The Third UN Summit on Housing and Human Settlements (Habitat III) in Quito this week is bringing together some 50,000 people representing all manner of urban interests from around the world. Coming 20 years after the Second summit in Istanbul, it is intended to set the direction for the UN system’s urban engagements over the next 2 decades through the adoption by world leaders of the New Urban Agenda (NUA).
Although the UN has made progress in recent years in engaging more substantively with non-state actors (UN-speak for everyone and anyone outside of national governments, which constitute the UN membership club), the contradictions and tensions in this arrangement were exposed during the protracted negotiations over the NUA, with some governments opposing the recognition of subnational (i.e. regional and local) governments even though they form part of the state sector. In UN terms, the NUA’s explicit recognition of the importance of urban local authorities and diverse other stakeholder groups as essential actors in any transitions to greater urban sustainability constitutes a major achievement and historic first. The final NUA text can be found at this link.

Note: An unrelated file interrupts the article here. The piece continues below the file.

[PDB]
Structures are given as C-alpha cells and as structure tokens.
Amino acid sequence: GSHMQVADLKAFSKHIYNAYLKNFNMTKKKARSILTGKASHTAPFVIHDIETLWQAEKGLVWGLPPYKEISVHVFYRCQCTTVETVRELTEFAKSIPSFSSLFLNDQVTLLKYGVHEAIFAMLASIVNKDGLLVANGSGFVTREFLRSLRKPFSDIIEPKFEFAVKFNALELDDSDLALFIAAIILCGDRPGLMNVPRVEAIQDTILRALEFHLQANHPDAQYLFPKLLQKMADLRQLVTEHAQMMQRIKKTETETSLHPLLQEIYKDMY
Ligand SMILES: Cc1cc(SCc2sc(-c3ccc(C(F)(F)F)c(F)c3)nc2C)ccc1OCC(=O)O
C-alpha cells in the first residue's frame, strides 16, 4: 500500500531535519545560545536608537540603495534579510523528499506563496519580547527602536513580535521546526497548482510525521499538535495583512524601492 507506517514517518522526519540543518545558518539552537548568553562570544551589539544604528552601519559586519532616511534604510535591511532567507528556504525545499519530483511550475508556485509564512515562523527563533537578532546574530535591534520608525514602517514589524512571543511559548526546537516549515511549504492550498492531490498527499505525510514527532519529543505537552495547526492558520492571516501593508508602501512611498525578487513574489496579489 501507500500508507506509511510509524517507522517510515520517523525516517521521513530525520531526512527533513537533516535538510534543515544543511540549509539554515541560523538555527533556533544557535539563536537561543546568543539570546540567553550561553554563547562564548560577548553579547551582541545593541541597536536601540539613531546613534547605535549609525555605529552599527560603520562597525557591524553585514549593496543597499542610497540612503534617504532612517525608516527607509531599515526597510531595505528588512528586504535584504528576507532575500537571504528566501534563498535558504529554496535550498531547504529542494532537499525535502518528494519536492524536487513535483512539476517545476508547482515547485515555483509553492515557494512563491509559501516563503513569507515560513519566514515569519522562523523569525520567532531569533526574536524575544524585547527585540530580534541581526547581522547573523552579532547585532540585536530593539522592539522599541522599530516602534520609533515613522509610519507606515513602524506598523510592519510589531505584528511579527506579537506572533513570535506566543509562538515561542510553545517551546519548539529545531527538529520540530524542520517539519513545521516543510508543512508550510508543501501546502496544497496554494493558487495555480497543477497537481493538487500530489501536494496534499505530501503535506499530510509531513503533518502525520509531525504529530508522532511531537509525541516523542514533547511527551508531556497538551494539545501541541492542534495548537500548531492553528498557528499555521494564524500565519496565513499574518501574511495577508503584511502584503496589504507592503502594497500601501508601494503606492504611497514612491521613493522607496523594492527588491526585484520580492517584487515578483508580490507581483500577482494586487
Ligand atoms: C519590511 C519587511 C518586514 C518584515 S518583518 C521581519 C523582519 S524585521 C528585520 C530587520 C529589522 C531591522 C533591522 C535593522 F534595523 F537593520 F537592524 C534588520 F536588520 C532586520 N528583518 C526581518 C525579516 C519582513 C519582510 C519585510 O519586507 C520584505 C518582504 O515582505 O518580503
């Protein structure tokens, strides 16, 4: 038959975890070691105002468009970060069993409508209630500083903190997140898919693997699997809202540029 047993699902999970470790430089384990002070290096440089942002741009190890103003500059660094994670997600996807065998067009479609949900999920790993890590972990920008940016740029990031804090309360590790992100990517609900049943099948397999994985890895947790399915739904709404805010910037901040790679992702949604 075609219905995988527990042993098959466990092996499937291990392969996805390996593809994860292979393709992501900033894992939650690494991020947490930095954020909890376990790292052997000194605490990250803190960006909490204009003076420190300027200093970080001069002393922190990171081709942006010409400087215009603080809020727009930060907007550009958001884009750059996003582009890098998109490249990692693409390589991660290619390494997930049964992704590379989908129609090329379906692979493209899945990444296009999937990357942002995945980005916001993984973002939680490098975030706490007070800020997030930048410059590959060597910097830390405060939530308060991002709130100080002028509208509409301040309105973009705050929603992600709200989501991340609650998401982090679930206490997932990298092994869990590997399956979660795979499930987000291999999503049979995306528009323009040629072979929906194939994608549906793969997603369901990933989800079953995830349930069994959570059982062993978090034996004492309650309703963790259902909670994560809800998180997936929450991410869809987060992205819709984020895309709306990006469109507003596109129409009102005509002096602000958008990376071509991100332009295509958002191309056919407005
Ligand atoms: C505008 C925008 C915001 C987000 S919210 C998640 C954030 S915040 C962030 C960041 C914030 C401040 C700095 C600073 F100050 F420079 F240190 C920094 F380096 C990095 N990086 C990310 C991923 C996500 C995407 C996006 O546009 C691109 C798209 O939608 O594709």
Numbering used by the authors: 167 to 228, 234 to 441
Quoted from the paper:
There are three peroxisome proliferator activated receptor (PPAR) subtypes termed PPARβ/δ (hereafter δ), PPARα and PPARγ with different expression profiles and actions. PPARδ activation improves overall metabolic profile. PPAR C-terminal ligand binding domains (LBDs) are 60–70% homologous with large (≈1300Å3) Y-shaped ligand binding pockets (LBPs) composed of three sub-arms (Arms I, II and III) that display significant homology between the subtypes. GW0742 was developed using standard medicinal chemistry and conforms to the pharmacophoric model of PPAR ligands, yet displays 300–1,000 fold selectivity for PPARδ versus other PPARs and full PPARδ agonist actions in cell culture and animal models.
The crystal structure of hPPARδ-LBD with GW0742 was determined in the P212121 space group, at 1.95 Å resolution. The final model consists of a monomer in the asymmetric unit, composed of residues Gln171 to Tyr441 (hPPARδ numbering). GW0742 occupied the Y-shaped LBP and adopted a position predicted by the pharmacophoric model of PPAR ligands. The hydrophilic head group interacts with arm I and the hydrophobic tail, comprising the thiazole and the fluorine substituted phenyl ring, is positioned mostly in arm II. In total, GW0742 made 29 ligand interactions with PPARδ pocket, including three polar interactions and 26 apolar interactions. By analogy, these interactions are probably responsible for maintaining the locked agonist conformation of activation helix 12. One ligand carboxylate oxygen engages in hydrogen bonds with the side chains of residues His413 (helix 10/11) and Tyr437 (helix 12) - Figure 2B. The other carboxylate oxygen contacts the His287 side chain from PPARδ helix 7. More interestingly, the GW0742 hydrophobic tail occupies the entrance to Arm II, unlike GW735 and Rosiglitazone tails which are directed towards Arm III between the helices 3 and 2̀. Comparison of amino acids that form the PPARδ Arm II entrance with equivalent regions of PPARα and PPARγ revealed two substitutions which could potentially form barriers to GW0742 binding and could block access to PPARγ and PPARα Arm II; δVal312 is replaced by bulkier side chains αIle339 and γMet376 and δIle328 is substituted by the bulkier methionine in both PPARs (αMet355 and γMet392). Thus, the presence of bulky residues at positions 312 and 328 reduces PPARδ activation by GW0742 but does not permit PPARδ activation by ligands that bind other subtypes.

These distinctions and tensions are also evident in the entry arrangements at the conference site, with government delegates, UN staff and other categories of accreditation having the highest status and fast track entry to the registration and security clearance areas, while ordinary ‘participants’ have had to stand in interminable queues, often in hot sunshine, for literally hours. While what is by far the largest such event ever held in the Ecuadorian capital is inevitably creating bottlenecks, at the single entry and badge issuing locations, the continued delays – meaning that many people have been missing or arriving late for their sessions – has by Tuesday morning led to the event being dubbed Queueto by some frustrated participants. By Wednesday, additional scanners had been installed – but since the number of registered participants was known in advance, the inadequacy of arrangements was baffling.
The problem has been exacerbated by the summit being split into two adjacent sites, requiring separate security entry procedures each time one moves between the two. The official programme and selected networking and side events are in the main Casa del Cultura, while the rest take place in the Exhibition area. Although they could readily have been integrated into a single campus, the latter site is open to the public in an effort to make the event accessible to ordinary citizens, hence necessitating separate screening. Preparations for the summit, especially in relation to the approval and scheduling of networking and side events, had also been chaotic, leading to a frantic last-minute scramble for alternative venues and travel arrangements.